In my kitchen, the lights are off, the shades are drawn two-thirds of the way, to keep out the heat and prevent creating more. At least until it’s time to bake the tart! It’s quiet in here, except for the swishing of the water scrubbing dirty dishes inside the dishwasher. It’s June 30, and summer seems to finally have arrived here in Seattle–in terms of weather and activities. School and graduation and end-of-the-year parties and homework and tests and papers are all a couple of weeks behind us. Now there’s time to go to the farmers’ market, visit the beach, splash in the pool, go for long walks–whatever we want to do after work and on weekends. After being an MBA wife for three years, it’s taken a while to settle into the new routine, but it’s starting to sink in!

A month ago I sat down to map out some things I wanted to share with you here at Outside Oslo during the month of June. Now looking back at the month, I’m enjoying seeing how several of those posts panned out and how others turned out to be a surprise. With a quiet kitchen and hands freshly washed after massaging butter into flour to make a flaky, buttery crust, I thought I’d take a moment to reflect on the past month here on the blog.

Rhubarb and Mackerel Collage

We played around with an interesting flavor combination with Norwegian Mackerel with Roasted Rhubarb early in the month.

Scandinavian Almond Cake with Tea

I shared a Scandinavian Almond Cake while thanking you for being such supportive, engaged, and encouraging readers.

Ice Cream Article

I announced my latest article in Pregnancy & Newborn magazine (homemade ice cream, anyone?)…Rhubarb and Strawberry Jam with Bread

…and shared recipes for Nordic Rhubarb and Strawberry Jam

Bløtkake

…and Norwegian Bløtkake.

I reflected on the writing life

…and shared highlights from my interview with celebrity chef Tyler Florence.

Sweet-and-Sour Cucumber Salad

There were two cucumber salads

Midsummer Picnic

…and a Scandinavian-inspired Midsummer picnic enjoyed in the Methow Valley a few hours away from Seattle.

Strawberries in Cream

Finally, we celebrated the regal strawberry with one of the simplest and most delicious preparations.

Thanks again for reading Outside Oslo and for sharing your own experiences and memories of Scandinavian food with me. I always love hearing from you.

Wherever you are, I hope you are staying cool and enjoying the start of summer.

Until next time,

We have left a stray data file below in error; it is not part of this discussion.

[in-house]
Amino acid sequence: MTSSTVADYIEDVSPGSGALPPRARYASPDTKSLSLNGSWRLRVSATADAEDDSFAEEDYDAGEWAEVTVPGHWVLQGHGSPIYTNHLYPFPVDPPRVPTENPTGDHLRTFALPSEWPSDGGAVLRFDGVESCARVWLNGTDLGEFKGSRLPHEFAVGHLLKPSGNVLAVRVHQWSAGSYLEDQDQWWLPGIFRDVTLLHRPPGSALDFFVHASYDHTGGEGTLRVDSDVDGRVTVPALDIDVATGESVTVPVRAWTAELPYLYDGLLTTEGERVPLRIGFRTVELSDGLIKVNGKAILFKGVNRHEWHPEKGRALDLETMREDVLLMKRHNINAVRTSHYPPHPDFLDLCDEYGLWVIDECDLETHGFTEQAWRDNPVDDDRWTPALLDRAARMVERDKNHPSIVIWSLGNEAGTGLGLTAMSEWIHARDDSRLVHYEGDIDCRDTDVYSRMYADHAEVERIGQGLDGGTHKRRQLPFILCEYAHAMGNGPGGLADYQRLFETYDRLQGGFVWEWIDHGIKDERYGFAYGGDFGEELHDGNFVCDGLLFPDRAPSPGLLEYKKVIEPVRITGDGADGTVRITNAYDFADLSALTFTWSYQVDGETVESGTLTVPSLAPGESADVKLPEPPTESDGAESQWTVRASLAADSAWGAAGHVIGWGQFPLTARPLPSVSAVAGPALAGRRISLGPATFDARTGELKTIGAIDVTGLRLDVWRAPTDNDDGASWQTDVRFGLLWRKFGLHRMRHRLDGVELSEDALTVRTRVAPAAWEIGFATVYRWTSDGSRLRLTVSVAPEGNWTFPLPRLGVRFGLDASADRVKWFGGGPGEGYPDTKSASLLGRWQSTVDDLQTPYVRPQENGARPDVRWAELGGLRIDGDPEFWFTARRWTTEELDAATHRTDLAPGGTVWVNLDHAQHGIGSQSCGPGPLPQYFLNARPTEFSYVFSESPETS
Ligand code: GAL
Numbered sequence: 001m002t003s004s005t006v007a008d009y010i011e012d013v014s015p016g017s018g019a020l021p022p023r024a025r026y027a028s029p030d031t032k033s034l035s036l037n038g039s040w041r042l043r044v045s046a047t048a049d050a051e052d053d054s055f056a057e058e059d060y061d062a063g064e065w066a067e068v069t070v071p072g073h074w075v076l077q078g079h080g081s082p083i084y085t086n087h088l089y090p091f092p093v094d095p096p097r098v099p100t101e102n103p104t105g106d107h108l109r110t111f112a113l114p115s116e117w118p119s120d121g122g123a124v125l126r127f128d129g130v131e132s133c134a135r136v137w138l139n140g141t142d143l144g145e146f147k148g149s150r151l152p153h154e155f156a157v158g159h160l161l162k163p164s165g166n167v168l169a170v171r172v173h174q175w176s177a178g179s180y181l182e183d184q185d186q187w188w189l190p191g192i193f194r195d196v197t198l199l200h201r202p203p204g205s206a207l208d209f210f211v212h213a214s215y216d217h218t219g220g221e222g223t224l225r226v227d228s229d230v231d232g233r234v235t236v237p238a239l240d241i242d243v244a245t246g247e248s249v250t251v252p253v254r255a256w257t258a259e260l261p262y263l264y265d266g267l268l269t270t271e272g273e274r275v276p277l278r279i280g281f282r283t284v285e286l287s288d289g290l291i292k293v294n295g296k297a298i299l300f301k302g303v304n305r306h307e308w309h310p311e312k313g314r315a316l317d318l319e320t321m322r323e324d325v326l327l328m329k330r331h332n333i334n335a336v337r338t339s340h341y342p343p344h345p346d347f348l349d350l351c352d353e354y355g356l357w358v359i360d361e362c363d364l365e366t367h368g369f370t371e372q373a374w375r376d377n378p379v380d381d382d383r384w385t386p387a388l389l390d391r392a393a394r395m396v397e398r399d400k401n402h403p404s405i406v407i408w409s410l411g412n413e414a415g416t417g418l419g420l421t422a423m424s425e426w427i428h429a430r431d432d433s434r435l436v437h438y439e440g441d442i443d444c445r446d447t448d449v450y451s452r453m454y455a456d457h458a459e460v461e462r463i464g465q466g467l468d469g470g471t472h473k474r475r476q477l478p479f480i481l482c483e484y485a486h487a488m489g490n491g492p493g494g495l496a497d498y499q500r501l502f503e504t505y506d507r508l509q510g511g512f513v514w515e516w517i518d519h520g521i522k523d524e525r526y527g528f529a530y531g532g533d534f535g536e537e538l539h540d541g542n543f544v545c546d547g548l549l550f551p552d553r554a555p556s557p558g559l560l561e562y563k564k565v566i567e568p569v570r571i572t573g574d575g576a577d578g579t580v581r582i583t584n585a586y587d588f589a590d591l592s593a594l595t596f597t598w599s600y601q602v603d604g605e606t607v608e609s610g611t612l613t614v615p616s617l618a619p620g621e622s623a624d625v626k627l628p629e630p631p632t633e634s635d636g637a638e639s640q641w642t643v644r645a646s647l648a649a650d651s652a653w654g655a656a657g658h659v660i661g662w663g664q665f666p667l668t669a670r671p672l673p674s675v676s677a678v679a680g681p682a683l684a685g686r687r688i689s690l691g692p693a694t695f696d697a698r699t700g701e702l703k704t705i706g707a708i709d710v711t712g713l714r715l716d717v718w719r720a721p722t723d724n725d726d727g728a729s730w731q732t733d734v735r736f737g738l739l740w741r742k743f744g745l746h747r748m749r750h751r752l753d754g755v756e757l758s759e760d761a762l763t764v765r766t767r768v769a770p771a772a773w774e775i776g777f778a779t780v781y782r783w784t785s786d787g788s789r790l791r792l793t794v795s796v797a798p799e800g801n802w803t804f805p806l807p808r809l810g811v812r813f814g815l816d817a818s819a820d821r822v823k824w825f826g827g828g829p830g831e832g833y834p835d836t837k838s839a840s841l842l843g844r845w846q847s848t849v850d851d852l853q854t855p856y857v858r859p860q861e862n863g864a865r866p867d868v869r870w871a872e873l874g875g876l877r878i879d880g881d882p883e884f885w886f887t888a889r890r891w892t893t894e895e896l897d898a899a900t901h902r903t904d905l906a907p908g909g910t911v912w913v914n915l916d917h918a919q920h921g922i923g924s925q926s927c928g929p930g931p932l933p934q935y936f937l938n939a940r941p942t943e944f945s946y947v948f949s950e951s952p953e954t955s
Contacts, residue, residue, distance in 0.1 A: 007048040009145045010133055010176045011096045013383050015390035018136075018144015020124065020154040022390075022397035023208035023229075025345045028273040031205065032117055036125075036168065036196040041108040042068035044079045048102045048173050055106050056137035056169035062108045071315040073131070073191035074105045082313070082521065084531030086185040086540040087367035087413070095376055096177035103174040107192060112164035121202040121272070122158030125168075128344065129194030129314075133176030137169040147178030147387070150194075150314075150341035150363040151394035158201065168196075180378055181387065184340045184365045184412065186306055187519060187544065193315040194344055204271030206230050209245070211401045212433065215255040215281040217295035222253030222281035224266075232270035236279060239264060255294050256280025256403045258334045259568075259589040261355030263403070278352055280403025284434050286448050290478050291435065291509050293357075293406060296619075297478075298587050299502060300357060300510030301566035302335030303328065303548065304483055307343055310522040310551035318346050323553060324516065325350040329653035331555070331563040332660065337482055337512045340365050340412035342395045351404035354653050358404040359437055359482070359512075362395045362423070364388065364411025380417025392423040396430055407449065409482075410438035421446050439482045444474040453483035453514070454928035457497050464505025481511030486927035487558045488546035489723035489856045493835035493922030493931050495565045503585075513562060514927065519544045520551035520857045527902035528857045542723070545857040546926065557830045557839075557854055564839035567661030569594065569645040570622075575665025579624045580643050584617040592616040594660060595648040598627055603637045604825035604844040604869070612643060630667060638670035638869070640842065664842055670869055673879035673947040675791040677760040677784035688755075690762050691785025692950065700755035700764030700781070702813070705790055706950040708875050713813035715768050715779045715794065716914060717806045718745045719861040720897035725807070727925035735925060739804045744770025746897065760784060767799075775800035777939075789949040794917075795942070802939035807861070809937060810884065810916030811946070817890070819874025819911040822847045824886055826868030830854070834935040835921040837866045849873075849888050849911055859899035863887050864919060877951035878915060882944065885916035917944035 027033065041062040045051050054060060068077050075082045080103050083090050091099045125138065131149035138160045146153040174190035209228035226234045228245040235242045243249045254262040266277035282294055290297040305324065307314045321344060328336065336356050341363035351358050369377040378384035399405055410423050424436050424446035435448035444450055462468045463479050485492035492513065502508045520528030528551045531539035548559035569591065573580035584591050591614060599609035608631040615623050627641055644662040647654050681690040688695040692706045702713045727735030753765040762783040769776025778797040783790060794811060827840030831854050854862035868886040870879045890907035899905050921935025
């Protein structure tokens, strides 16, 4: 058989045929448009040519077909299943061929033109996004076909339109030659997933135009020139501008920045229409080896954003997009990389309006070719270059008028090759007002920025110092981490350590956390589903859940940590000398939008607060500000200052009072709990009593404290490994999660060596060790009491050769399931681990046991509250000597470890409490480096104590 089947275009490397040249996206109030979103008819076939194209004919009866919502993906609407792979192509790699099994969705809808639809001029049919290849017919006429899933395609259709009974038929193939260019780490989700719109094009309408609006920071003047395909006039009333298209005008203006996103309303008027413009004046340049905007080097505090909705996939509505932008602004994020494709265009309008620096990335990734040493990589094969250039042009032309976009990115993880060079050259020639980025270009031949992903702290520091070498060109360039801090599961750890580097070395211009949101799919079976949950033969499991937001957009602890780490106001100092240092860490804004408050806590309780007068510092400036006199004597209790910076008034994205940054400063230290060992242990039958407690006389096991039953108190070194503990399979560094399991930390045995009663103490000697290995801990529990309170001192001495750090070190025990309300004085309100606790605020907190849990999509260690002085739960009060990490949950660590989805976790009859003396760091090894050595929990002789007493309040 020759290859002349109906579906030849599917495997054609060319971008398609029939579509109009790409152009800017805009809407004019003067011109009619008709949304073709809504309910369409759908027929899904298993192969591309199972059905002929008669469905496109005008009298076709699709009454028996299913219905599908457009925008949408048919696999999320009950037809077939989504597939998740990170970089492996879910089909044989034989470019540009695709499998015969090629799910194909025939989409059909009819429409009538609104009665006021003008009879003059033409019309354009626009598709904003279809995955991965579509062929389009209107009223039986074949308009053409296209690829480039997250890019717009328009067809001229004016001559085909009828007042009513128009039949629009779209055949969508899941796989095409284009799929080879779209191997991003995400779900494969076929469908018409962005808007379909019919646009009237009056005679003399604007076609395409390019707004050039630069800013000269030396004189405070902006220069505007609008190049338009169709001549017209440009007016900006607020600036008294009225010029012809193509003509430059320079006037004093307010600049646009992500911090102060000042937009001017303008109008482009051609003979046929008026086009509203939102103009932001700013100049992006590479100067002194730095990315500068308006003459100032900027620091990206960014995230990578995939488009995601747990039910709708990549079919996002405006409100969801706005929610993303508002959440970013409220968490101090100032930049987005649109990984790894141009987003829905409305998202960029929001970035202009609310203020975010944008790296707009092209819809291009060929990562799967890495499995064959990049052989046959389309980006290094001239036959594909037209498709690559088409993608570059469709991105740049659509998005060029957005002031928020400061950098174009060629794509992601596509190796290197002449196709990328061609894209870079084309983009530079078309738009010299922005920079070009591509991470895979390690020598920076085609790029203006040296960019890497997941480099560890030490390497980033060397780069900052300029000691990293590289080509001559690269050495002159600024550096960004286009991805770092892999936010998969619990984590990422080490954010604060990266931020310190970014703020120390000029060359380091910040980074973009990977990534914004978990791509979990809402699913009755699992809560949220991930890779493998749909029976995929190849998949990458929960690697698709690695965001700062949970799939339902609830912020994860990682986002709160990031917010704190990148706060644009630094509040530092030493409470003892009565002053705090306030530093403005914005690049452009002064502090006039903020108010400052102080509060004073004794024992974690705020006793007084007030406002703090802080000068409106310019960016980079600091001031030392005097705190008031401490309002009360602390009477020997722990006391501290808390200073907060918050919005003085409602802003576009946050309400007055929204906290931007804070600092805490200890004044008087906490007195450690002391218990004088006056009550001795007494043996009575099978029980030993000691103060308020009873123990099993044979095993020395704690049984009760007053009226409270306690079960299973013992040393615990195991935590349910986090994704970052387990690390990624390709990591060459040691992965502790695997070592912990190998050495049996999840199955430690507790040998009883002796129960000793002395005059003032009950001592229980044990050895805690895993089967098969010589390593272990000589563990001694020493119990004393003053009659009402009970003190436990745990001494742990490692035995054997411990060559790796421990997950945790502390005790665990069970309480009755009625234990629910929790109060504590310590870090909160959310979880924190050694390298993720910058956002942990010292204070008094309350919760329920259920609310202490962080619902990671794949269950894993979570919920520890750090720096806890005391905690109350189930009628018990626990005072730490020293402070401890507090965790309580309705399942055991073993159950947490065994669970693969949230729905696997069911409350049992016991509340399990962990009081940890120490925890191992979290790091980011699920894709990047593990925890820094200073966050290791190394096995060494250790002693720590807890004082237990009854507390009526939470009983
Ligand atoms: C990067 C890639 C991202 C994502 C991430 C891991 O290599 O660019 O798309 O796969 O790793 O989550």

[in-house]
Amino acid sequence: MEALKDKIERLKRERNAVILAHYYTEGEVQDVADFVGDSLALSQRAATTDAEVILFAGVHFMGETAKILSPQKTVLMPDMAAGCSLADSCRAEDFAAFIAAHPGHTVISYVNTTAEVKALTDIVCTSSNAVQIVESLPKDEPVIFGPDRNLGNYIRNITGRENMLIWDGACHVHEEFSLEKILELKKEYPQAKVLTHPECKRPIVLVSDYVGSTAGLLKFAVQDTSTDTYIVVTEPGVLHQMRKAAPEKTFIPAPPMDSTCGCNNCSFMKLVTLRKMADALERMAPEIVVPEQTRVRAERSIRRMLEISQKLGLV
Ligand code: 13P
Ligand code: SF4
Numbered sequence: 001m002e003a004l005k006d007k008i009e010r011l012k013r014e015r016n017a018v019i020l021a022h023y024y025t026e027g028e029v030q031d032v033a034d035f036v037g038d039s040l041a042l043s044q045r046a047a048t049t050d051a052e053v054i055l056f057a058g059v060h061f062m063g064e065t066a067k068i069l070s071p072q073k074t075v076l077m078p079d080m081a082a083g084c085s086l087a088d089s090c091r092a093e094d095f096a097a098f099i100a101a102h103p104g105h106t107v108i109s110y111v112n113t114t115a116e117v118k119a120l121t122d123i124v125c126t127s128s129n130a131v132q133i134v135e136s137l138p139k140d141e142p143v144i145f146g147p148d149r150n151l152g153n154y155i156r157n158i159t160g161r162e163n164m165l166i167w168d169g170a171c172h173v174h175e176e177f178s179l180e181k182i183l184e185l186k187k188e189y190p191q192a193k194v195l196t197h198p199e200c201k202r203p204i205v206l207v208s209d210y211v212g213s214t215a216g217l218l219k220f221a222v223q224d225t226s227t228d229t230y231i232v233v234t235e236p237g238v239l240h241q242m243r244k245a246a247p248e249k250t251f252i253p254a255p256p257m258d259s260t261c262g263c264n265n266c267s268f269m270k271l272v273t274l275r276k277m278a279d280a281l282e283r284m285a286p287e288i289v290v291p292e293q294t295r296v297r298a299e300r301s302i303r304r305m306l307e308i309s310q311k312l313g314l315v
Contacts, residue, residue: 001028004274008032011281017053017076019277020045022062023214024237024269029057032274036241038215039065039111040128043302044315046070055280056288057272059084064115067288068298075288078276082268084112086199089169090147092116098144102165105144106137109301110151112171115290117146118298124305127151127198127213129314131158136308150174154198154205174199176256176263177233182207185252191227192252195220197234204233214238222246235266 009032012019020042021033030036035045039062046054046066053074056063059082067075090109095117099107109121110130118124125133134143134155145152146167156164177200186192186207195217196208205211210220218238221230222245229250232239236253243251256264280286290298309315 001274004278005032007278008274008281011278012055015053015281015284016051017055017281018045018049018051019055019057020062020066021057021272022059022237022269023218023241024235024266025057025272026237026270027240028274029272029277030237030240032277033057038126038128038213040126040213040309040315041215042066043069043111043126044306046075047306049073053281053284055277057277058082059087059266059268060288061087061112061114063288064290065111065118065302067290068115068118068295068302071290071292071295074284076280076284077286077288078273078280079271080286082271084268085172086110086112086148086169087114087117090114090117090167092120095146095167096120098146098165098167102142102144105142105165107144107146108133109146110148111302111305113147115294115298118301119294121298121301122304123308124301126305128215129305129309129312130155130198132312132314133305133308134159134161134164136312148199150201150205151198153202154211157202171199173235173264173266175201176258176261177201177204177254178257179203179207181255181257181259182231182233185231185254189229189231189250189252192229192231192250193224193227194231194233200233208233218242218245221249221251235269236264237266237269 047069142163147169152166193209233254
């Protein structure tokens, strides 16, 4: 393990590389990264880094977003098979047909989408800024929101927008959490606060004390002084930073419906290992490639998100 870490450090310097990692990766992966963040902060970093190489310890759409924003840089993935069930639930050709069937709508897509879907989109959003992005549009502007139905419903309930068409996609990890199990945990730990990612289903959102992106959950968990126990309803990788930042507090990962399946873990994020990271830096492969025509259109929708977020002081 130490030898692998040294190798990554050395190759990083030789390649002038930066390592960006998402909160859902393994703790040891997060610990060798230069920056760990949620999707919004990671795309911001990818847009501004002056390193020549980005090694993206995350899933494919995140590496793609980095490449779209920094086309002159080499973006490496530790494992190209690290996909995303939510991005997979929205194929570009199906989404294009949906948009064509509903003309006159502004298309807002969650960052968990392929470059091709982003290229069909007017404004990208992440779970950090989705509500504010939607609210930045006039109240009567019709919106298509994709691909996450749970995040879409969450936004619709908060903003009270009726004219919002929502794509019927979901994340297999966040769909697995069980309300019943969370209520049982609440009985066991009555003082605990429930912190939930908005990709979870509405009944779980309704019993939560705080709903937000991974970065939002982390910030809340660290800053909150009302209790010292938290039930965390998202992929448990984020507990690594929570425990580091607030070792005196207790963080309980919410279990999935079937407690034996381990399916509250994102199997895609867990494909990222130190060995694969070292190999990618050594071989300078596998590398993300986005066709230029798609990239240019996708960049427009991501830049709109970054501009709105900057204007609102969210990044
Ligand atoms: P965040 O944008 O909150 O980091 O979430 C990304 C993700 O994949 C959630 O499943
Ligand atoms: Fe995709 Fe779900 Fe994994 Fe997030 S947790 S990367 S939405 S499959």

Daytona

The Essence of Summer in a Bowl of Strawberries and Cream

Strawberries and Cream

Carrots to kale, asparagus to zucchini, rhubarb to strawberries–such is the progression of produce finding its way to markets throughout the year. At this particular moment, strawberries abound. The crimson berries dotted with tiny ovoid seeds mark the season as well as any calendar could. No wonder Norwegians are excited about their strawberries: These sun-kissed morsels must sparkle brilliantly after the long, dark months of winter.

Plate of Strawberries

When at their peak, strawberries require little adornment to shine. One needs only to bite into the juicy berry to experience this gift of nature at its best. Today I offer you an idea for how to enjoy the regal strawberry in a manner almost as simple and pure as it is when it comes from nature. The taste of strawberries and cream brings me back to my childhood experiences of summer, as I suspect it may for you as well.

Strawberries and Cream

I need to provide you no recipe today, only to encourage you to take a few vivid red berries from your next market trip, slice them roughly, and plop them into the bottom of a white porcelain or ceramic bowl. Scoop a teaspoon into a canister of sugar and shake it over the berries ever so gently, watching the granules begin to dissolve as they come in contact with the berries’ moist surface. With the care of an artist, gently tilt the carton of cream over the bowl and pour the opaque liquid over the berries, forgetting about restraint and calories and fat just this once. Allow the cream to pool around the berries, caressing them with its satin touch. Scoop up one of those sugar-coated creamy berries with that teaspoon, slide it into your mouth, and you’ll see exactly what I mean.

Strawberries in Cream